This summer so far with the kids has been filled with the normal, every day summery things; afternoons at the pool, trips to the park, ice cream on the front steps, and races under the sprinkler in the backyard.
The kids wake up in the morning with the big question of the summer:
“What are we doing today?
My response almost always evokes a response of sighs and groans from my little eager and hopeful faces.
“Nothing. Absolutely nothing.”
I am sure from their perspective, this is certainly the most boring summer ever.
We have no vacation plans. There is no Disney trip to count down to, and the smell of the ocean and the feeling of white sand beneath our feet will remain in our dreams. Their only view of an airplane will be from the ground, longingly looking up.
But I am unapologetic. In fact, I am grateful for this “boring summer.”
The last few weeks have been so good for my entertainment thirsty children.
They have been forced to slow down, shut off the tv, and put down electronic devices, and use their imaginations.
Elaborate forts have been designed and built with passion and gusto. Books have been read and re-read. Even abandoned dollies have been found and brought back to life again.
Knees are decorated with bandaids, dirt finds it’s way underneath fingernails, and grass stains have made their permanent presence on jeans.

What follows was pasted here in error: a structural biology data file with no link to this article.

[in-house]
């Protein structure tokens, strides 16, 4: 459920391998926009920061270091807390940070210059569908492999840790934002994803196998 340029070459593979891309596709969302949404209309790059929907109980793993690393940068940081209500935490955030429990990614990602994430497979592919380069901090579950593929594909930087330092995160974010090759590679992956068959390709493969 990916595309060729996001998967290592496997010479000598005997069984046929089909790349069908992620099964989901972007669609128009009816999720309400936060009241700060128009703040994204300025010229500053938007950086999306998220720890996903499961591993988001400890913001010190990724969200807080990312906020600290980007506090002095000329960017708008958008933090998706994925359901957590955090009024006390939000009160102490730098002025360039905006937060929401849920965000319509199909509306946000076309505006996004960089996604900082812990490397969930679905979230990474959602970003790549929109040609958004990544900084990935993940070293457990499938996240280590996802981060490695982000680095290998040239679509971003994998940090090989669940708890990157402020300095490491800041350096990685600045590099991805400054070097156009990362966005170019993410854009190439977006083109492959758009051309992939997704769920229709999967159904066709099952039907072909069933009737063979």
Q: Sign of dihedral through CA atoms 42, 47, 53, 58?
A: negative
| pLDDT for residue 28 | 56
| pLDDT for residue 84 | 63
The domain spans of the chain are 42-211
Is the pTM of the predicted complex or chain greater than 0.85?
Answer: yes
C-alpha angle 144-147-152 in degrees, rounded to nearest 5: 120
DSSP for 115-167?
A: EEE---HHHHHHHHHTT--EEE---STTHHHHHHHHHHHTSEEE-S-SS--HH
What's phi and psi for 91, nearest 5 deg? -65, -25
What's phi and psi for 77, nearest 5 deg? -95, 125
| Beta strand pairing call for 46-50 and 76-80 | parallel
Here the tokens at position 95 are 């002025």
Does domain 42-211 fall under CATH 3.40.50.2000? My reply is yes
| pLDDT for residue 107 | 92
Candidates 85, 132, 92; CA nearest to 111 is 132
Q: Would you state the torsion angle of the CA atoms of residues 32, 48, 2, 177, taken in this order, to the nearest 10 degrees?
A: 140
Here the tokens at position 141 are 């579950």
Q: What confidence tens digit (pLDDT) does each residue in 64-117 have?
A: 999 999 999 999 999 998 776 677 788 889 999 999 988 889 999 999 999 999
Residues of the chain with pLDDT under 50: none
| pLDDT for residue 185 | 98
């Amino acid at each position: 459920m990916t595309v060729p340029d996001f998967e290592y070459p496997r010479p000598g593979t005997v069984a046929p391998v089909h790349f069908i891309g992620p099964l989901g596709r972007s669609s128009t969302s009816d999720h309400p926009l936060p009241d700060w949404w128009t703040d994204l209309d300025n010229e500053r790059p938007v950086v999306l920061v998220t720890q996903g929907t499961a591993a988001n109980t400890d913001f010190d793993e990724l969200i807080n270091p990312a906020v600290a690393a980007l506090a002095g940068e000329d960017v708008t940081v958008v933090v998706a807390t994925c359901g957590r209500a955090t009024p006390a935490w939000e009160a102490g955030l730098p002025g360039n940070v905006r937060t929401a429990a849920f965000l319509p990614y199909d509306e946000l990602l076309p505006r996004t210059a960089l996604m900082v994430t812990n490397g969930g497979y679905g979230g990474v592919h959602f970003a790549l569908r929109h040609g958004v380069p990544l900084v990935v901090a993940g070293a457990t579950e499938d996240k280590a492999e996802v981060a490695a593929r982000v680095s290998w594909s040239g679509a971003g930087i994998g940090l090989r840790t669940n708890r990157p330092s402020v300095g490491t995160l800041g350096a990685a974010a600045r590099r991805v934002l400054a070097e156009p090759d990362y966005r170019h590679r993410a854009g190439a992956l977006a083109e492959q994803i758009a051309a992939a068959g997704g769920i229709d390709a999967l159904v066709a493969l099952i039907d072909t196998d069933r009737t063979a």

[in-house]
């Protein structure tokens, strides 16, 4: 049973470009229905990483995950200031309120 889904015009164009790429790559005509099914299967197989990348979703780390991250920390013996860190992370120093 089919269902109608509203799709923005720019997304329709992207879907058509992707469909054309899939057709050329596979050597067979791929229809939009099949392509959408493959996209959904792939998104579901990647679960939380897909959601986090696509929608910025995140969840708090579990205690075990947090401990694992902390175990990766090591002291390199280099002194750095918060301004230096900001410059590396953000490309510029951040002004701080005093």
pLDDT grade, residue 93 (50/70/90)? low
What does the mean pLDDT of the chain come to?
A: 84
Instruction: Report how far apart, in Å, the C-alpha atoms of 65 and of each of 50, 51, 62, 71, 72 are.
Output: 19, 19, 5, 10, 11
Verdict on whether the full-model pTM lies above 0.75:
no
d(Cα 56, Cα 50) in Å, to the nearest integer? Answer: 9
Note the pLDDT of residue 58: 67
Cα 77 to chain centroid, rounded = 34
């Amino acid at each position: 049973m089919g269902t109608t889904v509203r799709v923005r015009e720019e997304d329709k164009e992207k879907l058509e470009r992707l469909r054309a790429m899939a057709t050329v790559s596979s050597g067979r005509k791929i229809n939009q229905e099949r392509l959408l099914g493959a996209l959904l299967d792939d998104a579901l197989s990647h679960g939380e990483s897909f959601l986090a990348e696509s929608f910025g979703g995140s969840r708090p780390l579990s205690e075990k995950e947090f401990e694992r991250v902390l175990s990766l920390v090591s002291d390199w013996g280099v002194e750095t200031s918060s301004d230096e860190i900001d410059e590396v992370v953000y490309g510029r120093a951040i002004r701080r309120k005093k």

New skills have been acquired; a little girl has learned how to swim, a little boy has learned how to use his pocket knife, and another little girl has clocked in more dance time than we ever dreamed possible.
But more importantly, they have been learning how to get along with each other.
What a valuable tool.
Their characters have been strengthened, admittedly, with gritted teeth, and crossed arms. I won’t lie, there have been times where their constant conflict and ongoing resolution has had me biting my tongue and pulling out my hair.
It was so stressful at one point that, I may have wished summer to be over. A thought that I have never had in the past before. This mothering gig can be so hard sometimes.
But they needed this time to grow together.
Without the distractions of school, social outings, and other activities , they have been literally forced to be each other’s playmates. They have been re-learning kindness, and cooperation. They have been learning that it is ok to be wrong, and that it is even ok to default to the other’s feelings. They have been re-learning forgiveness and grace, and have had ample opportunities to put both into action.
They have been stretched, grown, and challenged. (As have I)
And they are better siblings because of it.
So I am thankful. I am thankful for their most boring summer ever.
What a beautiful (and free) gift to have given them…